UK to change laws to enforce local lockdown in Leicester

Hancock announces schools will close to most pupils as Covid-19 cases spike in the city

UK health secretary Matt Hancock told the House of Commons Leicester accounted for about 10% of all positive cases in the UK over the past week. Photograph: PA Wire

UK health secretary Matt Hancock told the House of Commons Leicester accounted for about 10% of all positive cases in the UK over the past week. Photograph: PA Wire


The UK government will change the law to enforce the local lockdown in Leicester, health secretary Matt Hancock has said.

Speaking to Sky News on Monday morning, he said: “We will be bringing forward a legal change very shortly, in the next couple of days, because some of the measures that we’ve unfortunately had to take in Leicester will require legal underpinning.”

Mr Hancock said “in some cases” the lockdown would be enforced by the police, while legal changes would be made so non-essential retail is no longer open.

When pressed on how people would be stopped from travelling outside the city, he said: “We’re recommending against all but essential travel both to and from and within Leicester, and as we saw during the peak, the vast majority of people will abide by these rules.

“Of course we will take further action including putting in place laws if that is necessary but I very much hope it won’t be.”

The city of Leicester must go back into a stricter lockdown because its Covid-19 infection rate was much higher than anywhere else in the country, Mr Hancock told the House of Commons on Monday.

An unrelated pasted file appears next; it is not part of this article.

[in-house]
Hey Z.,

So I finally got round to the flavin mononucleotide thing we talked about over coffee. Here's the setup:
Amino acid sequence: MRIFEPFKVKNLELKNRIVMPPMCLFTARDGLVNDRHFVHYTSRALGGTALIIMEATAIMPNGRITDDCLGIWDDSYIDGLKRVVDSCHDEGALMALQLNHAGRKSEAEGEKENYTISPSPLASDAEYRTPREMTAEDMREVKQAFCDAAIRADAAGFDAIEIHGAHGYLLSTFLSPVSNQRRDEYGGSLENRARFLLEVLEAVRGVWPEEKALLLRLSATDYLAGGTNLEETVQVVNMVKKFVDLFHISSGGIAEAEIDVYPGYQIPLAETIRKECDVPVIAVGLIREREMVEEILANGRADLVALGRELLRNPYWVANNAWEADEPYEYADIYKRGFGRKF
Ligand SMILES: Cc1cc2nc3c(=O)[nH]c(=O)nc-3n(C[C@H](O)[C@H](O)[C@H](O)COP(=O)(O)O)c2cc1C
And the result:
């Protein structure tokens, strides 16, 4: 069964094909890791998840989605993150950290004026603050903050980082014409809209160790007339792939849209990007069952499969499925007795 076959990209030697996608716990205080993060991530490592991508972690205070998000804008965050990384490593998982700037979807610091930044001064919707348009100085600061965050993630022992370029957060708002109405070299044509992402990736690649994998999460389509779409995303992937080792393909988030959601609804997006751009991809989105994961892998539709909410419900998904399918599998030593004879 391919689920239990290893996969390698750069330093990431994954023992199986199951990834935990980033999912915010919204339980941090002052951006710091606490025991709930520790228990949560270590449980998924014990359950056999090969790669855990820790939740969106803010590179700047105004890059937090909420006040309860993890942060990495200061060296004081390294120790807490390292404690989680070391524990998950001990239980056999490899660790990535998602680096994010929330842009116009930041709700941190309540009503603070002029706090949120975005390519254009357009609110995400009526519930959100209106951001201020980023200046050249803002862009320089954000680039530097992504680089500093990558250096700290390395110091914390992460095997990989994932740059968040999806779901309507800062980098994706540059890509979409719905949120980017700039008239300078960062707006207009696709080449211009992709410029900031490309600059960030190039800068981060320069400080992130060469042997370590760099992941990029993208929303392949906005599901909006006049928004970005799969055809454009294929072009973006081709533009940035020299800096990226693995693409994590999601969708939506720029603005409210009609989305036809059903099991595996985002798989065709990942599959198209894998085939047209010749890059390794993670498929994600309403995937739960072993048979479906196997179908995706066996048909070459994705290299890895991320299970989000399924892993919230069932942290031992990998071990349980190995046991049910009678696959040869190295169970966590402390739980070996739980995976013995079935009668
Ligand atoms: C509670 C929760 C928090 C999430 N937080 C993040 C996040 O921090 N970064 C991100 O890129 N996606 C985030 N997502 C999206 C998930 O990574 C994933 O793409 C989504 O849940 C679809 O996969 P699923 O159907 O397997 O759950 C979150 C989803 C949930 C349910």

Non-essential shops in Leicester will close from Tuesday and schools will close to most pupils from Thursday as part of restrictions imposed after a rise in cases, Mr Hancock told MPs.

He said the easing of the lockdown planned for the rest of England on July 4th cannot happen in Leicester because of rising cases.

He said: “Given the growing outbreak in Leicester we cannot recommend that the easing of the national lockdown set to take place on July 4th happens in Leicester.”

This means pubs, hairdressers and restaurants will not be able to open this week.

The health secretary said Leicester accounted for about 10 per cent of all positive cases in the UK over the past week, and that the seven-day infection rate there was 135 cases per 100,000 people, three times higher than the next highest city.

Mr Hancock advised people from Leicester to stay at home as much as they can while the local lockdown measures continue.

He told MPs: “Having taken clinical advice on the actions necessary and discussed them with the local team in Leicester and Leicestershire, we have made some difficult but important decisions.

“We’ve decided that from tomorrow, non-essential retail will have to close and as children have been particularly impacted by this outbreak, schools will also need to close from Thursday, staying open for vulnerable children and children of critical workers as they did throughout.

“Unfortunately, the clinical advice is that the relaxation of shielding measures due on July 6th cannot now take place in Leicester.

“We recommend to people in Leicester, stay at home as much as you can, and we recommend against all but essential travel to, from and within Leicester.

“We’ll monitor closely adhering to social distancing rules and we’ll take further steps if that is what’s necessary.”

He said the measures would be kept under review and would not be kept in place “any longer than is necessary”, adding: “We’ll review if we can release any of the measures in two weeks.

“These Leicester-specific measures will apply not just to the city of Leicester but also the surrounding conurbation including, for example, Oadby, Birstall and Glenfield.

“I know that this is a worrying time for people living in Leicester and I want you to know you have our full support.

“We do not take these decisions lightly but with the interests of the people of Leicester in our hearts.”

Mr Hancock announced further measures in Leicester to help tackle the outbreak, including the setting up of a walk-in testing centre for those with coronavirus symptoms.

He said: “Anyone in Leicester with symptoms must come forward for a test.” – PA/Reuters